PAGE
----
Ovarian Cancer Awareness Month
March is Ovarian Cancer Awareness Month. About 20 women a day are diagnosed with cancer of the ovary (ovarian cancer) in the UK. That is about 7,000 a year.
What is ovarian cancer?
The ovaries are two small, oval-shaped organs in the pelvis. Ovarian cancer can affect women, trans men and people assigned female at birth. Trans women do not have ovaries. It is important to talk to your GP or nurse if you are worried about ovarian cancer or have symptoms. The most common cancer to start in the ovary is called epithelial cancer.
The different types of epithelial cancer are:
- clear cell
High-grade serous cancer is the most common type.
Symptoms of ovarian cancer
Symptoms of ovarian cancer are often similar to other conditions. Find out when your GP should offer you cancer tests. Ovarian cancer often causes symptoms that are similar to other more common and less serious conditions.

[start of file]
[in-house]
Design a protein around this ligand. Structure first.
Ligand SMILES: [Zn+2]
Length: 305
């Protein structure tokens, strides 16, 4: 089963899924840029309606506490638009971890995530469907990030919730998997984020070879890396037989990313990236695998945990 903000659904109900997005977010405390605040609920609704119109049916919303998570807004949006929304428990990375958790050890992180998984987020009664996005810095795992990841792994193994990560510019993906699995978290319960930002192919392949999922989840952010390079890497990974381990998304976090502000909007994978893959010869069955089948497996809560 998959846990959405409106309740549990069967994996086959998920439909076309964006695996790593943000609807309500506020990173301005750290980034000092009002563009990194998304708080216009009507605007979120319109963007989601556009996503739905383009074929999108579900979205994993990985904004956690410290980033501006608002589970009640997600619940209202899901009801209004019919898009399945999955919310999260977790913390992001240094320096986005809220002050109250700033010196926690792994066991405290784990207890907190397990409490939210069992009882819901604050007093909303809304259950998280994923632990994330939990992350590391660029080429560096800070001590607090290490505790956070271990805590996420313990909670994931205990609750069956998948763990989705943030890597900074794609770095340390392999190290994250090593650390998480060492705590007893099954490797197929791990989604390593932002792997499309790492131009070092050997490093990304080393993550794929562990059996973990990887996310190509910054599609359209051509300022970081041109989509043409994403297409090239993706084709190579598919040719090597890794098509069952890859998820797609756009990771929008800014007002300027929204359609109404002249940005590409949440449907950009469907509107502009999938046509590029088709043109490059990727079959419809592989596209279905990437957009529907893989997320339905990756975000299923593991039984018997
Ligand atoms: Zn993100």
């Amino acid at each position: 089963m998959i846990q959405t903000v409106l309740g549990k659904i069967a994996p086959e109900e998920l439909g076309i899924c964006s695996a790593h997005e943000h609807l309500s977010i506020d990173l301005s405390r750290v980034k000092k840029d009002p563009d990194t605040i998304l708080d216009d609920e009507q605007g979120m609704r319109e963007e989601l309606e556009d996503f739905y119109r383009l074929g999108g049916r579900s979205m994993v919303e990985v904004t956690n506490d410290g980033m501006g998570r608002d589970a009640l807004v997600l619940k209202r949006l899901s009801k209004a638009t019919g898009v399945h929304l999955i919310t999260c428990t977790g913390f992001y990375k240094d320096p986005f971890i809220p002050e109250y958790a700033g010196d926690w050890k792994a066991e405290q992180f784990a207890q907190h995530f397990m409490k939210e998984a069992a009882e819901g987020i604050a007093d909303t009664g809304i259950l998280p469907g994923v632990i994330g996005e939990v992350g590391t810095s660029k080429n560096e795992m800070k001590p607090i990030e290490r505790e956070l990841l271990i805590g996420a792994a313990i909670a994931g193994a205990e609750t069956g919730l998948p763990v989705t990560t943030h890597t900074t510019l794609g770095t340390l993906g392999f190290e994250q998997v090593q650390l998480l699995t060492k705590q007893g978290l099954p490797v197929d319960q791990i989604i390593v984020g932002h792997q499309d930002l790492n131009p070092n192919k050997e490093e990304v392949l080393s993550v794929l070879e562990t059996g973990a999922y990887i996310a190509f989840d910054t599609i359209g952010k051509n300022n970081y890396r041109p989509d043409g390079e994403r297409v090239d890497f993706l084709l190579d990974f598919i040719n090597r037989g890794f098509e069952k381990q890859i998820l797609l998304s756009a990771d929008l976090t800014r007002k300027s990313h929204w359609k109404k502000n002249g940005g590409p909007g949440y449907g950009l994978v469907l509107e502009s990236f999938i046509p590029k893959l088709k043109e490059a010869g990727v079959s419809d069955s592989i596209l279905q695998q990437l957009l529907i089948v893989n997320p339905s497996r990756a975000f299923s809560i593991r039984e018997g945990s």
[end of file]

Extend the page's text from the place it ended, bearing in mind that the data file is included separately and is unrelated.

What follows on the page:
This can make it difficult to diagnose early, before the cancer has spread.
If you have any of these symptoms for no reason, or you get these symptoms regularly (especially more than 12 times a month), your GP should offer you cancer tests:
- a long-lasting bloated or swollen tummy
- loss of appetite
- feeling full quickly when you eat
- pain in the lower tummy area or back
- passing urine more often than usual
- passing urine more urgently (feeling like you can’t hold on).
Other ovarian cancer symptoms may include:
- a change in your normal bowel habit (diarrhoea or constipation)
- weight gain or weight loss
- unexplained or extreme tiredness (fatigue)
- vaginal bleeding after your menopause.
If you are 50 years or older and develop symptoms of irritable bowel syndrome (IBS) for the first time, you should also have tests. IBS can cause bloating and changes in bowel habit, but it does not usually start after the age of 50.
Call the Macmillan Support Line on: 0808 808 00 00.